Transforming Acerphobia

There are things about traveling about which I am quite happy to complain at length (have you noticed?). And then there are one or two things about which I feel such deep horror, such fundamental ontological dread, that complaining does no good, and indeed only serves to more profoundly trap me in my fears. I’m talking here, of course, about milk.

There are two types of phobia about daily products. First, you have the lactophobes, also known as galaphobes, who are just straight-up scared of dairy products. I’m sure there are varying degrees here – for instance, I wouldn’t be shocked to learn that some lactophobes will quietly make an exception for ice cream – but at the heart of it, you’re dealing with a bone-liquefying revulsion of anything that comes from an udder.

The second kind – my kind – is less severe, but a handicap regardless. Acerphobia (or acerophobia) is the fear of sour milk, or the fear of sourness in general, or indeed the fear of all forms of spoilage, rot, decomposition, and food-or-drink-related entropy. It’s the chilling knowledge that anything we consume can become contaminated in a hundred different ways, most of them 100% natural and organic.

It’s normal to recoil from moldy bread or fruit. Our nostrils revolt, our taste buds throw up red flags. But my neurosis goes further, such that, if there is a single spot of mold on one slice of bread, the loaf gets tossed. A few fuzzy berries in the basket? Buh-bye. I know it’s wasteful, but the alternative is shoving those objects to the back of the fridge or breadbox, hoping they somehow reverse their putrefaction. It never works out.

Milk is worse, and better. A fresh loaf of bread is wholesome, healthy, free of risk. You can pluck most berries off the bush and tuck right in. But milk comes out toxic, and must be pasteurized before it’s safe. In my mind, that means the risk of sickness remains locked within the milk, a ticking time-bomb of decay. But on the up-side, milk cartons clearly broadcast their decay rates. I take expiry dates as holy affirmations that the inherent badness in the milk will not be unleashed until one minute past midnight on the date provided. Or – y’know, earlier, if it smells a bit weird.

My hang-up with dairy expiry dates got so profound, I once wrote a play about the issue. One character was a doom-sayer cultist who’d noticed an “expiry date” carved on a rock, and so believed the world would end that day. Then, he bought a carton of milk scheduled to expire three days later. Miracle milk! He ended up imbibing it so he could survive the end-times. That’s how seriously I take those little date-stamps. I will always dig to the back of the racks, straining to snag the one single carton that’s one day fresher. Forestalling apocalypse.

Where did it come from, this minor mania of mine? Too much speculation would be traumatizing in itself, but I have a couple of theories. First, I am allergic to penicillin, or so I’ve been told. It was discovered when I was an infant, so I don’t really know what will happen to me, I’ve just always avoided it. But I remember reading a picture-book about the discovery of penicillin. Now, it wasn’t one of the ValueTales books – that was a series of allegorical cartoon biographies wherein historical figures learn the Value of Courage or the Value of Determination or the Value of Overcoming Adversity, usually through conversations with an anthropomorphic animal or object. It wasn’t this, but I can vividly imagine that it was, and that Alexander Fleming learned the Value of Unconventional Thinking from a talking slice of moldy bread.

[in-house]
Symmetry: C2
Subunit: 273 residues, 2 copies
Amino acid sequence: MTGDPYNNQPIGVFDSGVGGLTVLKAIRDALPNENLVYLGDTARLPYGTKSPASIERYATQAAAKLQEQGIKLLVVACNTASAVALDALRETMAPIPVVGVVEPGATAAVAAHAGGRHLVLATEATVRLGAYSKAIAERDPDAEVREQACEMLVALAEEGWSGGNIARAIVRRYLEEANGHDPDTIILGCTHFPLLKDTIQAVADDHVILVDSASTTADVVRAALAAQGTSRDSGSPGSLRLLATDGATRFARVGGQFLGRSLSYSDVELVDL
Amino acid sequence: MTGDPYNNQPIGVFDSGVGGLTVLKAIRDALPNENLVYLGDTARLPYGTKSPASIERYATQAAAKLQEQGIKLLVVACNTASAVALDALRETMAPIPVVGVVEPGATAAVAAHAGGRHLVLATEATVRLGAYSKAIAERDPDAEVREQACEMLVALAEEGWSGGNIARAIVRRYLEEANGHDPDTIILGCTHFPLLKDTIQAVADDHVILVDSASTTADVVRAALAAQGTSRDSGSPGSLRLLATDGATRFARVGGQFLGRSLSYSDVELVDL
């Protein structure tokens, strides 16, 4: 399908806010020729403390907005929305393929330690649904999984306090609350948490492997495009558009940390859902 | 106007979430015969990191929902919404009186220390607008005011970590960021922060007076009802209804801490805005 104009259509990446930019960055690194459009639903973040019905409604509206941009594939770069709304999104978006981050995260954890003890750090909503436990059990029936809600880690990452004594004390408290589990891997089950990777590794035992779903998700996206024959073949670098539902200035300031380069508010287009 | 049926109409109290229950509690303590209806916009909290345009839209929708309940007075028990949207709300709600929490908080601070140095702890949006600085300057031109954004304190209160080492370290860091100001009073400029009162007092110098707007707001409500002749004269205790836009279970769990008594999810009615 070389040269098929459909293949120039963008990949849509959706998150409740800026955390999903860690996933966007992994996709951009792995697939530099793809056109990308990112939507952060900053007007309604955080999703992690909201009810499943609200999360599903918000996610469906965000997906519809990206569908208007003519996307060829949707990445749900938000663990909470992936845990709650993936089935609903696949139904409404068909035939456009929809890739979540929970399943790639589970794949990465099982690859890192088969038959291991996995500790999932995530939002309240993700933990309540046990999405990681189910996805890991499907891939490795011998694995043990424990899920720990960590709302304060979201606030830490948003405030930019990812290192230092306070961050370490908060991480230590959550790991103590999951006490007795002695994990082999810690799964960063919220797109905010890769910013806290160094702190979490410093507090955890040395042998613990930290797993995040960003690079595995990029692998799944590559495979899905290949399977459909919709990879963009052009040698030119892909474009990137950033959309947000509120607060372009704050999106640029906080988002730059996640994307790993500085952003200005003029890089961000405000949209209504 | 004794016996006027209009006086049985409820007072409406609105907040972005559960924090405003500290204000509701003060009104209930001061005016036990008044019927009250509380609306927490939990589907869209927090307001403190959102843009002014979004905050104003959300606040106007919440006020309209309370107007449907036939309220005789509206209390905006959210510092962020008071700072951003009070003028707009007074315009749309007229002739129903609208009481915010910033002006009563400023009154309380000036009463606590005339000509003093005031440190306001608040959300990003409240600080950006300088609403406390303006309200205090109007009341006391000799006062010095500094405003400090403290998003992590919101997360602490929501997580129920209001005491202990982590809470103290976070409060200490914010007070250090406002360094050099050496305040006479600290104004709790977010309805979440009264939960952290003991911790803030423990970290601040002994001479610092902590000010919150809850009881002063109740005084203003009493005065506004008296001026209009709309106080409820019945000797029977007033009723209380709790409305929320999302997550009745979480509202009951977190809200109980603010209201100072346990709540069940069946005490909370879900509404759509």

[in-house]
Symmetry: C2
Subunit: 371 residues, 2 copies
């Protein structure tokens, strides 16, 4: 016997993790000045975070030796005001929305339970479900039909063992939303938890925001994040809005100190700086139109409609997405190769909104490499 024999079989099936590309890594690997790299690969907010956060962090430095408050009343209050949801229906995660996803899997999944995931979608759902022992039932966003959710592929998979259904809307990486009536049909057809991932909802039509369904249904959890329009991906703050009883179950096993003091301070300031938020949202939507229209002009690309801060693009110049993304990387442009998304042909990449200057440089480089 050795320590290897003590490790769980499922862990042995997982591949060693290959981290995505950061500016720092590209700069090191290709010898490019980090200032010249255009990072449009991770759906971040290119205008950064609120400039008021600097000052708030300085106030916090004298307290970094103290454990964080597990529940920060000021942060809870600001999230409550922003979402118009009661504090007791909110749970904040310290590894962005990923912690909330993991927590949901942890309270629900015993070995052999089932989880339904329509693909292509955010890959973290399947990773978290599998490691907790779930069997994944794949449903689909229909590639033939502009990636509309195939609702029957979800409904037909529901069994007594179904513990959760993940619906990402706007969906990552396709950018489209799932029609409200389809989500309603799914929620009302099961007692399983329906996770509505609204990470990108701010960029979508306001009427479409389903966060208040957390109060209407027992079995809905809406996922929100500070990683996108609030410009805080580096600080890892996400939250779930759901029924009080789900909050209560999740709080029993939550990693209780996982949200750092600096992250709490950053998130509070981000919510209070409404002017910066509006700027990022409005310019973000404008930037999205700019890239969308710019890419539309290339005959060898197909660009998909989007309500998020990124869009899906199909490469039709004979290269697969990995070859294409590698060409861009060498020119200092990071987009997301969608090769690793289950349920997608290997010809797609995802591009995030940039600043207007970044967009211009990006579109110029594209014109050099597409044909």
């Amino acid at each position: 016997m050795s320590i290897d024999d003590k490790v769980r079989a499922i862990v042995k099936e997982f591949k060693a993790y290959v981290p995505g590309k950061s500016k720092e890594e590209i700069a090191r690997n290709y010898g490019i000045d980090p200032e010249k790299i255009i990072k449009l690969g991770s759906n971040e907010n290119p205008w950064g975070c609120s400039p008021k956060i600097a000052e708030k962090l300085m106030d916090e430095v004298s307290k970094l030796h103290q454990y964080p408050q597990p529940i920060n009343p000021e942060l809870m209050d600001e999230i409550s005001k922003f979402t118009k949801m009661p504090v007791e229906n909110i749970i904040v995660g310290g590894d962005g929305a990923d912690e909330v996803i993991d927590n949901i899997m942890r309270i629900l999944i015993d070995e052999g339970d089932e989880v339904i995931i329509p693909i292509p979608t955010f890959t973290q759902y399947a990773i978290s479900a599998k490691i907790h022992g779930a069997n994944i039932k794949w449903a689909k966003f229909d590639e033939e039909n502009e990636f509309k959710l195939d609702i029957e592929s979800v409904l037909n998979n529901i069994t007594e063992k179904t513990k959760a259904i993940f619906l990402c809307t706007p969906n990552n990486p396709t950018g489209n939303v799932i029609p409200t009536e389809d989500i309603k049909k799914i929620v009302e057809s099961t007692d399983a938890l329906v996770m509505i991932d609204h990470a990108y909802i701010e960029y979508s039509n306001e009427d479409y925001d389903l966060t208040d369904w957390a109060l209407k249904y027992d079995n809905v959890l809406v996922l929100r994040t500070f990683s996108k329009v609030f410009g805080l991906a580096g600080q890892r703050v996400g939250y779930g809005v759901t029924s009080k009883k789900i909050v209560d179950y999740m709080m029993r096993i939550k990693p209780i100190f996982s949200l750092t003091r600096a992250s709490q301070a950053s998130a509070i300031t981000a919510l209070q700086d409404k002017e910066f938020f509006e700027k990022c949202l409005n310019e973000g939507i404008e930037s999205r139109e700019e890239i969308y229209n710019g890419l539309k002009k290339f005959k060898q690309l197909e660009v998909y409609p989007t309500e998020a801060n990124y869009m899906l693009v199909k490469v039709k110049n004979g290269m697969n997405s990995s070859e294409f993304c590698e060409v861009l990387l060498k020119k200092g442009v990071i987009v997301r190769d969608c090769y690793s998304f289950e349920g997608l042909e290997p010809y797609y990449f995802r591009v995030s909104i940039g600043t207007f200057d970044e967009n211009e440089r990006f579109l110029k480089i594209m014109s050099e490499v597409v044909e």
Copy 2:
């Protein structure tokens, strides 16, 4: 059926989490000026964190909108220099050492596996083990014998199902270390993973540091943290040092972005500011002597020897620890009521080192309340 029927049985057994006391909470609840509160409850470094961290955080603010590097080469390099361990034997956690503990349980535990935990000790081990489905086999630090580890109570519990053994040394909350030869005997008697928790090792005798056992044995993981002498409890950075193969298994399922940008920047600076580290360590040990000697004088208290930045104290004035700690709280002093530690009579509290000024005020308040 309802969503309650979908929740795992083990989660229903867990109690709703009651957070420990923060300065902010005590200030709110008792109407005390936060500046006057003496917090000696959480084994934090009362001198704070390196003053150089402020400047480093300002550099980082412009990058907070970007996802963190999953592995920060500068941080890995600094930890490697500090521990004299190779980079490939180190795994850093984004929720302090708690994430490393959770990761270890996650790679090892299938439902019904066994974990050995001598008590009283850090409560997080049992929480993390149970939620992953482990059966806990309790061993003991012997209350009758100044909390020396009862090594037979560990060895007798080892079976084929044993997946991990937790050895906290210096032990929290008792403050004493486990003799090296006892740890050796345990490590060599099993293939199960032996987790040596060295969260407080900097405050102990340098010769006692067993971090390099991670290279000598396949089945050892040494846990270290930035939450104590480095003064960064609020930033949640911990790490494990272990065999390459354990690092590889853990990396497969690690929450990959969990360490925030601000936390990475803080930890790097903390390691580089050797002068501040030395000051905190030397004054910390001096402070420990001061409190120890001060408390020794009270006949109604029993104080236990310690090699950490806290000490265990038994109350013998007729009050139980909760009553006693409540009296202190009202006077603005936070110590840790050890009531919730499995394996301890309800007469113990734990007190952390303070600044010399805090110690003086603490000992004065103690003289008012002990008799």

Anyway, maybe my young brain connected penicillin (poison!) with mold (yucky!) and then extrapolated to all forms of rot. But that doesn’t explain why milk has become my sticking point. So, there’s another potential explanation, and I’m sorry to say it’s not pretty.

I was maybe six, at Howard and Ross’s house, eating pizza lunch before a trip to the waterslides. I was voracious and parched; I kept asking for glass after glass of milk. The boys’ mom even commented on how thirsty I was. And then, just as quick as it went down, it all came back up. I threw up all over the table – masticated chunks of pizza, but mostly just a river of white. The waterslide trip was canceled; I was sent home. Was the milk bad? Had I simply drunk too fast? Or did I have heat exhaustion, or just flu? In my mind, the symptom has become the cause, and now, whenever I pour a glass of the white stuff, I fight to suppress in the image of pizza-lumpy milk-barf soaking into the tablecloth.

I said I was sorry.

In France, milk products are “UHT sterilized” and are sold unrefrigerated. They sit on the supermarket shelves, boasting absurdly distant expiry dates, taunting my fears. The bottles say “demi-écrémé,” which just means it’s halfway between skim and homogenized – exactly what I drink in Canada – but the “demi” part makes me feel, irrationally, as if a half-assed effort were involved somewhere in the production process. Coffee cream is scarce, but you can buy 18% “semi epaisse,” a thick, gloopy cream that clots in any liquid that’s not boiling hot. Every time I open a container, I half expect it to sprout eyes and a mouth and start teaching me about the Value of Suppressing One’s Gag Reflex.

Perhaps the strangest part, psychologically, is my unwillingness to quit. Even though buying unrefrigerated milk makes me queasy to my core, I have no interest in giving up on breakfast cereal. And I’ll abide milk in my espresso, or even sugar in my café filtre, but at home I’ll brave the gloop. Because I like milk and cream – and butter and yogurt and ice cream – even though I’m convinced it’s out to get me. And so I suffer in silence, taking my dairy products one curdle hurdle at a time.


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